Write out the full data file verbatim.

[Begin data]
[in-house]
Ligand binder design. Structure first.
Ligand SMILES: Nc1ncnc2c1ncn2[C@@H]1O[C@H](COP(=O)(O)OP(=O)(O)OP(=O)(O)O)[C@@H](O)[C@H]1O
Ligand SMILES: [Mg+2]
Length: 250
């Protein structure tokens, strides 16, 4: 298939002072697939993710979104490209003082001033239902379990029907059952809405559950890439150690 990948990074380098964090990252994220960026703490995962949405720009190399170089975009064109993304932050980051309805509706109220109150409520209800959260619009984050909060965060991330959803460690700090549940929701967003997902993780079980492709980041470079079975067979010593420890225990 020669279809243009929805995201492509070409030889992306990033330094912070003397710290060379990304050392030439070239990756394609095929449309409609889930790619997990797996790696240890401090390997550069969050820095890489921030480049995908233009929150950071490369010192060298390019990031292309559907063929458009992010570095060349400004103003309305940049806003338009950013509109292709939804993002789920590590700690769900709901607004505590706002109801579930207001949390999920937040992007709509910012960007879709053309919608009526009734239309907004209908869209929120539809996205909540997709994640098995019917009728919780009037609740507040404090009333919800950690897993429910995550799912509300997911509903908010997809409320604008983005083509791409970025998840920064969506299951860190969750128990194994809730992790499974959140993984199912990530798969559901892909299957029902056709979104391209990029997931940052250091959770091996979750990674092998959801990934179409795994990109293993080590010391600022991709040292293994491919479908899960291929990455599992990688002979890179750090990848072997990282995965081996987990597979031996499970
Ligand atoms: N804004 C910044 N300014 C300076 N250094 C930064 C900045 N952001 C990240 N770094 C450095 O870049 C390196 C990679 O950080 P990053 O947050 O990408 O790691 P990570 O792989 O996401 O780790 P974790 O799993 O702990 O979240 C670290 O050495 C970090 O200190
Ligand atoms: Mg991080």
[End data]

[in-house]
Ligand binder design. Structure first.
Ligand SMILES: Nc1ncnc2c1ncn2[C@@H]1O[C@H](COP(=O)(O)OP(=O)(O)OP(=O)(O)O)[C@@H](O)[C@H]1O
Ligand SMILES: [Mg+2]
Length: 250
């Protein structure tokens, strides 16, 4: 298939002072697939993710979104490209003082001033239902379990029907059952809405559950890439150690 990948990074380098964090990252994220960026703490995962949405720009190399170089975009064109993304932050980051309805509706109220109150409520209800959260619009984050909060965060991330959803460690700090549940929701967003997902993780079980492709980041470079079975067979010593420890225990 020669279809243009929805995201492509070409030889992306990033330094912070003397710290060379990304050392030439070239990756394609095929449309409609889930790619997990797996790696240890401090390997550069969050820095890489921030480049995908233009929150950071490369010192060298390019990031292309559907063929458009992010570095060349400004103003309305940049806003338009950013509109292709939804993002789920590590700690769900709901607004505590706002109801579930207001949390999920937040992007709509910012960007879709053309919608009526009734239309907004209908869209929120539809996205909540997709994640098995019917009728919780009037609740507040404090009333919800950690897993429910995550799912509300997911509903908010997809409320604008983005083509791409970025998840920064969506299951860190969750128990194994809730992790499974959140993984199912990530798969559901892909299957029902056709979104391209990029997931940052250091959770091996979750990674092998959801990934179409795994990109293993080590010391600022991709040292293994491919479908899960291929990455599992990688002979890179750090990848072997990282995965081996987990597979031996499970
Ligand atoms: N804004 C910044 N300014 C300076 N250094 C930064 C900045 N952001 C990240 N770094 C450095 O870049 C390196 C990679 O950080 P990053 O947050 O990408 O790691 P990570 O792989 O996401 O780790 P974790 O799993 O702990 O979240 C670290 O050495 C970090 O200190
Ligand atoms: Mg991080």